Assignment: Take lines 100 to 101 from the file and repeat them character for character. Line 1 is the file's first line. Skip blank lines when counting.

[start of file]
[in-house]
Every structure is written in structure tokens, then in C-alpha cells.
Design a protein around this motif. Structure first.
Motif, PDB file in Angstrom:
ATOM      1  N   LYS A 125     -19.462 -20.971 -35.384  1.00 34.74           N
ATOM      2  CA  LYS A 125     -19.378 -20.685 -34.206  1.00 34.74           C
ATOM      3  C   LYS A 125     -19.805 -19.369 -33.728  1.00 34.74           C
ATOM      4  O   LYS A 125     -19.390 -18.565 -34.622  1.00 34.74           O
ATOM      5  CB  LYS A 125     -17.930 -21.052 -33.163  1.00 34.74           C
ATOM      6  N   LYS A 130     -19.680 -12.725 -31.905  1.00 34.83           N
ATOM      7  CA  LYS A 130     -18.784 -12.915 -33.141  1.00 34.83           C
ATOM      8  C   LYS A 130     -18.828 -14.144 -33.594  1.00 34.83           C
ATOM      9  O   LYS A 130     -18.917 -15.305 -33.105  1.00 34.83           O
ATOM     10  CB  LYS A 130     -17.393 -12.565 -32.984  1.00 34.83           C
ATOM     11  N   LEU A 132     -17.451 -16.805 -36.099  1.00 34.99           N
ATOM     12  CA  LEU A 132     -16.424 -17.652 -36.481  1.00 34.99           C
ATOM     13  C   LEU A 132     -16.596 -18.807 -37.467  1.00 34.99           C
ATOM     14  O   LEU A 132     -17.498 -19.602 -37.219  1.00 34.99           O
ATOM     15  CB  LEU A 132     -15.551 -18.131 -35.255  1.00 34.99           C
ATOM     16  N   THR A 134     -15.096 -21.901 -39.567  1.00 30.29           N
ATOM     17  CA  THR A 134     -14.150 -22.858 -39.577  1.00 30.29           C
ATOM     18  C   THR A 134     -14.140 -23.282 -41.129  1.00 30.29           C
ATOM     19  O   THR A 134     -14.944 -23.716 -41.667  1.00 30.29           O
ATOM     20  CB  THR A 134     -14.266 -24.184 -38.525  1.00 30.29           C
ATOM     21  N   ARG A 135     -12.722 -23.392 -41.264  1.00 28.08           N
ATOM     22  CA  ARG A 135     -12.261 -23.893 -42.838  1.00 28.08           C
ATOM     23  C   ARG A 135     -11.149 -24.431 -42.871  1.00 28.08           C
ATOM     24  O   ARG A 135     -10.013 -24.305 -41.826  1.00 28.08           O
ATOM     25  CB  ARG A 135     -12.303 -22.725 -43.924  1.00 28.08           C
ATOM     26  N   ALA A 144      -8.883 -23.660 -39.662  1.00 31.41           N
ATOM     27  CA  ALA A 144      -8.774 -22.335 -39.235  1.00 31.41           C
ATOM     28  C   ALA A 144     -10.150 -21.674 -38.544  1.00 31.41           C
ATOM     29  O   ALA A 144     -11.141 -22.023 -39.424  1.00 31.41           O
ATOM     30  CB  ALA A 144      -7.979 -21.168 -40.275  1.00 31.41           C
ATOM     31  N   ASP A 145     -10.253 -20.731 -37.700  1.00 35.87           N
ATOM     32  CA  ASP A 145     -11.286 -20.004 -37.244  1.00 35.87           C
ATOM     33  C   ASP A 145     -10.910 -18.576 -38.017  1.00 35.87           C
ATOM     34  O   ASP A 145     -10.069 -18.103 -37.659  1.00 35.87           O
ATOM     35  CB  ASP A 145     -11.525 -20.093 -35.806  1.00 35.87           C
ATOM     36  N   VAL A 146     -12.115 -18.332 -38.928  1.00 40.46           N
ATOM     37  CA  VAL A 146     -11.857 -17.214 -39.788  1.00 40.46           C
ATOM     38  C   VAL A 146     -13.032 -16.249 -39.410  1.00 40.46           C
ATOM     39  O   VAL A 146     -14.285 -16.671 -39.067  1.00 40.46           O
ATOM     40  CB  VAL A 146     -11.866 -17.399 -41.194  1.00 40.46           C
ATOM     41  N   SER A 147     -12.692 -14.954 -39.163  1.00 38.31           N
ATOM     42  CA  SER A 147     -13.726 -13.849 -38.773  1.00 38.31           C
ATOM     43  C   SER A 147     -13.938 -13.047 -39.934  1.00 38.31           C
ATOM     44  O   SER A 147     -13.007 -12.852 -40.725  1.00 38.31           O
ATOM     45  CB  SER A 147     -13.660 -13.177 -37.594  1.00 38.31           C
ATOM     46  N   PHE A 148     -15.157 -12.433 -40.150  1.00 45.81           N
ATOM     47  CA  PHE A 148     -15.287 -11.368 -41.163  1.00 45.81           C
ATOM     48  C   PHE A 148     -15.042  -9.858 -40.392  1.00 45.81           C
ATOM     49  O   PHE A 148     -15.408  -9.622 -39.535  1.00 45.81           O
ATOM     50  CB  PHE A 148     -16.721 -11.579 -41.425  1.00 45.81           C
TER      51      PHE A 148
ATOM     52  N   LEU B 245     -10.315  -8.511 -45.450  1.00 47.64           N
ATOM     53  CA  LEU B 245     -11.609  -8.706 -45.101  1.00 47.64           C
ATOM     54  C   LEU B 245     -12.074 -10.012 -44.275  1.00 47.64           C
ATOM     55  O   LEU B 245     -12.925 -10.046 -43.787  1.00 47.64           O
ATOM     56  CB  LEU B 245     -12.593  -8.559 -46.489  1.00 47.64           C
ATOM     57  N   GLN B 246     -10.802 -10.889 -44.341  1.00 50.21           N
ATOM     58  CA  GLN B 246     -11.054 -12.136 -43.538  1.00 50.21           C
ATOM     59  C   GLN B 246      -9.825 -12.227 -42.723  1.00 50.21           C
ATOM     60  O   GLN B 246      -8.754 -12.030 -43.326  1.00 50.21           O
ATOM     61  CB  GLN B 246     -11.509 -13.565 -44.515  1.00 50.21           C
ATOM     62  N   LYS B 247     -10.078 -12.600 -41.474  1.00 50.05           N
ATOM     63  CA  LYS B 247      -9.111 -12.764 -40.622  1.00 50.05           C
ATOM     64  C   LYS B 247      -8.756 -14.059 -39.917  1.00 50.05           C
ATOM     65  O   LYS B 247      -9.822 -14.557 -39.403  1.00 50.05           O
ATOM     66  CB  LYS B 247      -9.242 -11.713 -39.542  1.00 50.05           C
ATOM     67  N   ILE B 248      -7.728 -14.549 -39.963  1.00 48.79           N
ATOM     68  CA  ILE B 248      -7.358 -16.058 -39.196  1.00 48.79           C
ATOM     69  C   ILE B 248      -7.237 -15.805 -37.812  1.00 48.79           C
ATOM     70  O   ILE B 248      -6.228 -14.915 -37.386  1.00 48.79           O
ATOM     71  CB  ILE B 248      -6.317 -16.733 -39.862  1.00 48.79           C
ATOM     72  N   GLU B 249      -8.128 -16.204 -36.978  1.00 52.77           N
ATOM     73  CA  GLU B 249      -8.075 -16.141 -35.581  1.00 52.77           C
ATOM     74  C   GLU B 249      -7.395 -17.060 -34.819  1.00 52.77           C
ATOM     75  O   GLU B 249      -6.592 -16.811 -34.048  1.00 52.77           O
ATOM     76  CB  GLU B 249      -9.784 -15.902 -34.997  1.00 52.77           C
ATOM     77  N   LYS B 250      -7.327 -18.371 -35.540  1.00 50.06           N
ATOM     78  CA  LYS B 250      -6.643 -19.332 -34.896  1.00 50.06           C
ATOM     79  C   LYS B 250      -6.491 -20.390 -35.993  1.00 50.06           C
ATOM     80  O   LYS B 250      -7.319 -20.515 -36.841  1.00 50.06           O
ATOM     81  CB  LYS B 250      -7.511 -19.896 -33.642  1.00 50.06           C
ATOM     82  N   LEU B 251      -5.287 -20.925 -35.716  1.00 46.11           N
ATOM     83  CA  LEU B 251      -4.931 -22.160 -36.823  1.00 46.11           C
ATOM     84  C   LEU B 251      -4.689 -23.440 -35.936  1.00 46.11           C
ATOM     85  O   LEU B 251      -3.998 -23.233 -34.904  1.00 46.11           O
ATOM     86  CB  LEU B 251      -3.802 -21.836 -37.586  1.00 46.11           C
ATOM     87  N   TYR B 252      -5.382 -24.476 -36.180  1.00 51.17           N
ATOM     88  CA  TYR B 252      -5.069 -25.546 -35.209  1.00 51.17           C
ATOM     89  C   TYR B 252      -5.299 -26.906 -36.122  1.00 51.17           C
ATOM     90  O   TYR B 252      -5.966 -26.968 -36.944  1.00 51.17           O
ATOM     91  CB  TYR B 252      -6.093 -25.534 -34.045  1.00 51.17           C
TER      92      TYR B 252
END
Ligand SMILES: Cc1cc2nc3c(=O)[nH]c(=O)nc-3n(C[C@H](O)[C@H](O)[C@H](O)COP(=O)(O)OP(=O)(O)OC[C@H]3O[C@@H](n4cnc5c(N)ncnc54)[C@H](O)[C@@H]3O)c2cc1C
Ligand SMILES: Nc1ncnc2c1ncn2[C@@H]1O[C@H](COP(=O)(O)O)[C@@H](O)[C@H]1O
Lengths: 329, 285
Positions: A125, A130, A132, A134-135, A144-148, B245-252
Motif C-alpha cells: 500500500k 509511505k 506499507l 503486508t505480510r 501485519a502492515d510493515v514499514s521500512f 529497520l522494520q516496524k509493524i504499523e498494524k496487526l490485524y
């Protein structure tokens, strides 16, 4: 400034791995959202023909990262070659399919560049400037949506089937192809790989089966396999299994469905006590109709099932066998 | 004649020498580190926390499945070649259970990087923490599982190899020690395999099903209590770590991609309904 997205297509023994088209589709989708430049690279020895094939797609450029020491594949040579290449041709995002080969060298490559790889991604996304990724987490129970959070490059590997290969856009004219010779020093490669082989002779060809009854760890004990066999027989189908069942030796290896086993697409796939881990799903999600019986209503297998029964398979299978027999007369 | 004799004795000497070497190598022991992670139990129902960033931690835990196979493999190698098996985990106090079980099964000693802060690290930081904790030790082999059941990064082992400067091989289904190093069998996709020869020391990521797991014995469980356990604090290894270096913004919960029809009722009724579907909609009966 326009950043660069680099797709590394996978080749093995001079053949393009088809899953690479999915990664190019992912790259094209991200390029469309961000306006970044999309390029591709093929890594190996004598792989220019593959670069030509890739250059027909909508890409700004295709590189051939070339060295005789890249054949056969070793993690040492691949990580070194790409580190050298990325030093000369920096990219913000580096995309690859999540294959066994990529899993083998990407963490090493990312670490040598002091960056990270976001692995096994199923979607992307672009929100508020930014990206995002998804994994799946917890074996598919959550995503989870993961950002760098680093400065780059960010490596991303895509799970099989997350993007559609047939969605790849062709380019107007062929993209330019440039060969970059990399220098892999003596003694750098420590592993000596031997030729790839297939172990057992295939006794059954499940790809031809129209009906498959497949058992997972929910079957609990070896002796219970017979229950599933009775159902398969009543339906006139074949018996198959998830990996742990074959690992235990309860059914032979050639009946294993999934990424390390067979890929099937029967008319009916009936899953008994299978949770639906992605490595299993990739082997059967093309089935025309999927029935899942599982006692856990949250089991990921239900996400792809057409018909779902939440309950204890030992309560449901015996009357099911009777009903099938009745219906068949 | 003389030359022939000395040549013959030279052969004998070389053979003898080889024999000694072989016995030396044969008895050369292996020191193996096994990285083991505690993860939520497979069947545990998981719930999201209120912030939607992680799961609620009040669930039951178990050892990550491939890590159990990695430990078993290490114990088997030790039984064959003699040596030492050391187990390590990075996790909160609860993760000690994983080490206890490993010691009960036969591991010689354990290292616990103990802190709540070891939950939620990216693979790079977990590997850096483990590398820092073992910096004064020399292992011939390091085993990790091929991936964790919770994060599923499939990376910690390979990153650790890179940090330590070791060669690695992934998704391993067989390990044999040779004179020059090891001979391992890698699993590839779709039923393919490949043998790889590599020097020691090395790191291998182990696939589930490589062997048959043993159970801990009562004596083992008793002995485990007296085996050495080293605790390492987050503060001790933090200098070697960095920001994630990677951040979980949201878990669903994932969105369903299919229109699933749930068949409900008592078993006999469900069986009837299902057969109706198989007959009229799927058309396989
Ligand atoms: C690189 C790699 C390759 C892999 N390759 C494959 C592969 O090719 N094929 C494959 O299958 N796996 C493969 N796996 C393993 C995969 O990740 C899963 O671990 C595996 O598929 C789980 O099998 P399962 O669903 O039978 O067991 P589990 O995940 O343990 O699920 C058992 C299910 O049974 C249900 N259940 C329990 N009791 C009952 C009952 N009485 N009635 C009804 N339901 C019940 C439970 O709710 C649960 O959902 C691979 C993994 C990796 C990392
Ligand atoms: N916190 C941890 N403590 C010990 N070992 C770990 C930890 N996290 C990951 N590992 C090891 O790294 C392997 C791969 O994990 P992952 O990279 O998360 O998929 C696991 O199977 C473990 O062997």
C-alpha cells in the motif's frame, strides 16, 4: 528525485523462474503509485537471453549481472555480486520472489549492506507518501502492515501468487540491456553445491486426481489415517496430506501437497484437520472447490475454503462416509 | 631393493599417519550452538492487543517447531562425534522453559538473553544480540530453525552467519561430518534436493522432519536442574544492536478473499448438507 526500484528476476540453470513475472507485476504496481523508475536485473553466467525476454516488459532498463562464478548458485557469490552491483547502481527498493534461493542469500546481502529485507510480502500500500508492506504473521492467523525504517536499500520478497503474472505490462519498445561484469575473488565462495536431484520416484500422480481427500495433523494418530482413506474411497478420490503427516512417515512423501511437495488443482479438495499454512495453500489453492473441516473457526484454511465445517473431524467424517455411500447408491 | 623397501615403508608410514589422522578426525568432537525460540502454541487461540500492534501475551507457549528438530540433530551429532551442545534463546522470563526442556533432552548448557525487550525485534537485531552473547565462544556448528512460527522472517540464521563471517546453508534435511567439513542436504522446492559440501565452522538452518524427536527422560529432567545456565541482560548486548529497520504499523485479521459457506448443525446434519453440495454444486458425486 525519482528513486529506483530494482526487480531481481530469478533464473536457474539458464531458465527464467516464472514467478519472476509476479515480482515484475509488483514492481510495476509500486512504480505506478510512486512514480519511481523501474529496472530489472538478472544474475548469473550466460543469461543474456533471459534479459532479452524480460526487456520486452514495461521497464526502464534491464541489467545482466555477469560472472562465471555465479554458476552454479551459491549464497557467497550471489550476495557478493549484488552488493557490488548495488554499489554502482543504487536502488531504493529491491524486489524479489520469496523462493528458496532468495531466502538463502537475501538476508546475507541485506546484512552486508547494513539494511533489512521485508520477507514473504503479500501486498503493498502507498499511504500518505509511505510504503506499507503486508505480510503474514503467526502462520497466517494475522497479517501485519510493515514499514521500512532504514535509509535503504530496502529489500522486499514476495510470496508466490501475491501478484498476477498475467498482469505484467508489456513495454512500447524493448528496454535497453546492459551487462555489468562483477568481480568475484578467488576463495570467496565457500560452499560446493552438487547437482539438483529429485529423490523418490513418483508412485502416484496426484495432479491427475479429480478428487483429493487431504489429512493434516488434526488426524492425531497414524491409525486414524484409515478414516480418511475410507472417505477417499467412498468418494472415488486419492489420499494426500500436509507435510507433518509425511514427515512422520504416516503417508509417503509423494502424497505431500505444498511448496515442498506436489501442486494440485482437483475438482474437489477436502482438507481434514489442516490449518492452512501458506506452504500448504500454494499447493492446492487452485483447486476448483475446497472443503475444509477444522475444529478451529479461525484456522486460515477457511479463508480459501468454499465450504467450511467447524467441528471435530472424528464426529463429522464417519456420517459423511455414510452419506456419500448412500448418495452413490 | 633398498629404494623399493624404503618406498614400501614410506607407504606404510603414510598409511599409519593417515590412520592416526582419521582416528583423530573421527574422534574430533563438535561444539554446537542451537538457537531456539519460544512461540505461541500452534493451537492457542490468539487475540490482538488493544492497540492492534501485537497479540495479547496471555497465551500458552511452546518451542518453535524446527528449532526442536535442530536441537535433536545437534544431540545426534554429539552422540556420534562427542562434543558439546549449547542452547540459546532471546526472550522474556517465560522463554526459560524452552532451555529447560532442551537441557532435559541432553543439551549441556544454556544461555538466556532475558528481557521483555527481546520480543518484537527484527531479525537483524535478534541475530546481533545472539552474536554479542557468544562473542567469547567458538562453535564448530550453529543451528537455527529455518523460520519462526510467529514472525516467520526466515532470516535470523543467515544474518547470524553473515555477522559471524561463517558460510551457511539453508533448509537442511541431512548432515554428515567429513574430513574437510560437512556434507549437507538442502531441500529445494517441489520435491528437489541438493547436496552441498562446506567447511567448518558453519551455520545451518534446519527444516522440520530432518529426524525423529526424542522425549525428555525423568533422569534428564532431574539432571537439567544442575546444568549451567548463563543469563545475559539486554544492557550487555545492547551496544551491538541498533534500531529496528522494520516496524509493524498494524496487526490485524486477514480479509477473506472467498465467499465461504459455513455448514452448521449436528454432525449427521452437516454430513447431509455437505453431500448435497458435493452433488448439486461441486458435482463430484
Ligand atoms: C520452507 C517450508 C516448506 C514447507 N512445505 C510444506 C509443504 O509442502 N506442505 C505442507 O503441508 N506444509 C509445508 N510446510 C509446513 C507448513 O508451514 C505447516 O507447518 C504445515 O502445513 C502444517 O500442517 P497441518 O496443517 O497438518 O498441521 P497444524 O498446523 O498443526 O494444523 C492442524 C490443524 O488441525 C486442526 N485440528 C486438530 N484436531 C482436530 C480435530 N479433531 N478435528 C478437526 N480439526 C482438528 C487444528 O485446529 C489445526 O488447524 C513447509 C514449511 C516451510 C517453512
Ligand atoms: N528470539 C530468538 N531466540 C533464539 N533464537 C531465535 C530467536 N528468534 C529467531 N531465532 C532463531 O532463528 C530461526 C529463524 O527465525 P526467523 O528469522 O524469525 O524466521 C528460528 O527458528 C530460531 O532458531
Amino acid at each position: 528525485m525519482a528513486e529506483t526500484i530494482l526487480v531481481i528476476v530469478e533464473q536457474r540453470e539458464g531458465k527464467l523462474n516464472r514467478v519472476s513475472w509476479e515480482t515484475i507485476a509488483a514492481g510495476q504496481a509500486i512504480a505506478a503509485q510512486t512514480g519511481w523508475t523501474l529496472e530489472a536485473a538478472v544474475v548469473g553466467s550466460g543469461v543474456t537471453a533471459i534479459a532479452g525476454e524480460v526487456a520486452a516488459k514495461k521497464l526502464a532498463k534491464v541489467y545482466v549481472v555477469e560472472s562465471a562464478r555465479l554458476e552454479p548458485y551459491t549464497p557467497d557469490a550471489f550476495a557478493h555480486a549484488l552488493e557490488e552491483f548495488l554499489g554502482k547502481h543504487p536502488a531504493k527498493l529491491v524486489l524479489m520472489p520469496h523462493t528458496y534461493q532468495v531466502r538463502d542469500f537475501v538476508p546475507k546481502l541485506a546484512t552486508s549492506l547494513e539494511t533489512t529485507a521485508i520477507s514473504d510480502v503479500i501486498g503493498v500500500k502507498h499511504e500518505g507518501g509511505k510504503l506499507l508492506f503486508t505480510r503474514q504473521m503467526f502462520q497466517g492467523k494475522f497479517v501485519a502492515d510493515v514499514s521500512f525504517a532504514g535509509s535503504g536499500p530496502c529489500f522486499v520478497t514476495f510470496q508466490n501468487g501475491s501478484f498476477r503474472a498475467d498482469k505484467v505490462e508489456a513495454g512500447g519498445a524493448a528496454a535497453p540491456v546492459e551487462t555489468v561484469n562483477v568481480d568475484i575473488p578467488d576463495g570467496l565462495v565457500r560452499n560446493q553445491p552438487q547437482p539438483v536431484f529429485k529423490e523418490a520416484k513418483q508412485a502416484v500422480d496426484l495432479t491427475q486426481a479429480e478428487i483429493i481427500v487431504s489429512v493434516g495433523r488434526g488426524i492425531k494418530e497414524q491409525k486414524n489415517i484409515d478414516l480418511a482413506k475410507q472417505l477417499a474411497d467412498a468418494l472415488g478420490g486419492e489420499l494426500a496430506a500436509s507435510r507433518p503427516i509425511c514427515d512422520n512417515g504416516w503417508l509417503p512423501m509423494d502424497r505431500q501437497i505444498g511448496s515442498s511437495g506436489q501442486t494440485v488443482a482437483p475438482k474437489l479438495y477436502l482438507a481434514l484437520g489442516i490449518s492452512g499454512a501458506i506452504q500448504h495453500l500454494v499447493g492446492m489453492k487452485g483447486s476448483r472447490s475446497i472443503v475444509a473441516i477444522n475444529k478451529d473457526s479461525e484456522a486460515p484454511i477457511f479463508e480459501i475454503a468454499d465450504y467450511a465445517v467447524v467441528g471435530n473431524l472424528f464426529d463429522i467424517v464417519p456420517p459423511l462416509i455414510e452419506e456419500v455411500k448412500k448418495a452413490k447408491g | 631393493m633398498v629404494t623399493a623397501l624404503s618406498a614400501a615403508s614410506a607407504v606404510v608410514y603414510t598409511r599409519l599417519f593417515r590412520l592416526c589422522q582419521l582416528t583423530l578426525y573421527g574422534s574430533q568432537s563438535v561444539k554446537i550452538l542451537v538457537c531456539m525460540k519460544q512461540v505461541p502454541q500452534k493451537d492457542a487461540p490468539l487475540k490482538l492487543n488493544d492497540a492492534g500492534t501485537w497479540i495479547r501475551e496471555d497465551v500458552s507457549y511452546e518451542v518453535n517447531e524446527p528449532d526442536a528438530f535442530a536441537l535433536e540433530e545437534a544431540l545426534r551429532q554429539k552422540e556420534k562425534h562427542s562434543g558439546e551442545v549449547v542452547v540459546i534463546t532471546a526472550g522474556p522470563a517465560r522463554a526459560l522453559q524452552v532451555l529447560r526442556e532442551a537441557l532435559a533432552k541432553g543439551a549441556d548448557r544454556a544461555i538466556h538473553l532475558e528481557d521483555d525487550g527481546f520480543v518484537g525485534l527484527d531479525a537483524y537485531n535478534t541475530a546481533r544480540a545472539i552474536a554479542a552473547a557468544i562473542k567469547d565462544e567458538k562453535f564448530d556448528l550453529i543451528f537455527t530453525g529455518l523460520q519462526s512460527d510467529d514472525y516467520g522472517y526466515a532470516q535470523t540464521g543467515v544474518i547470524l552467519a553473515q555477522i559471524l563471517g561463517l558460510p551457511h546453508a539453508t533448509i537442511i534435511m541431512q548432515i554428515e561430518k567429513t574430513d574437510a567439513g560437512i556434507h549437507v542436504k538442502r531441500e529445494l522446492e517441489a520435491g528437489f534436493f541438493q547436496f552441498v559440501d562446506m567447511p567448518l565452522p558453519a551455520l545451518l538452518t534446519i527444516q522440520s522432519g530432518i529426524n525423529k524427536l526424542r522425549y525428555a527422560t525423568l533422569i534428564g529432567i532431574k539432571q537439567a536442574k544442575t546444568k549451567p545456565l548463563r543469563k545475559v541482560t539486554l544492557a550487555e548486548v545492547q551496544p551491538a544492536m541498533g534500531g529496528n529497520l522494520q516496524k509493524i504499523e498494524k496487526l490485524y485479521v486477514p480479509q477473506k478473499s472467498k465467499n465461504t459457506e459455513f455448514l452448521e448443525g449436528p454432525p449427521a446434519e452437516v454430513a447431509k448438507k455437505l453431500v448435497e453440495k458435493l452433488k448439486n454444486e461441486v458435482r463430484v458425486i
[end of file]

Lengths: 329, 285
Positions: A125, A130, A132, A134-135, A144-148, B245-252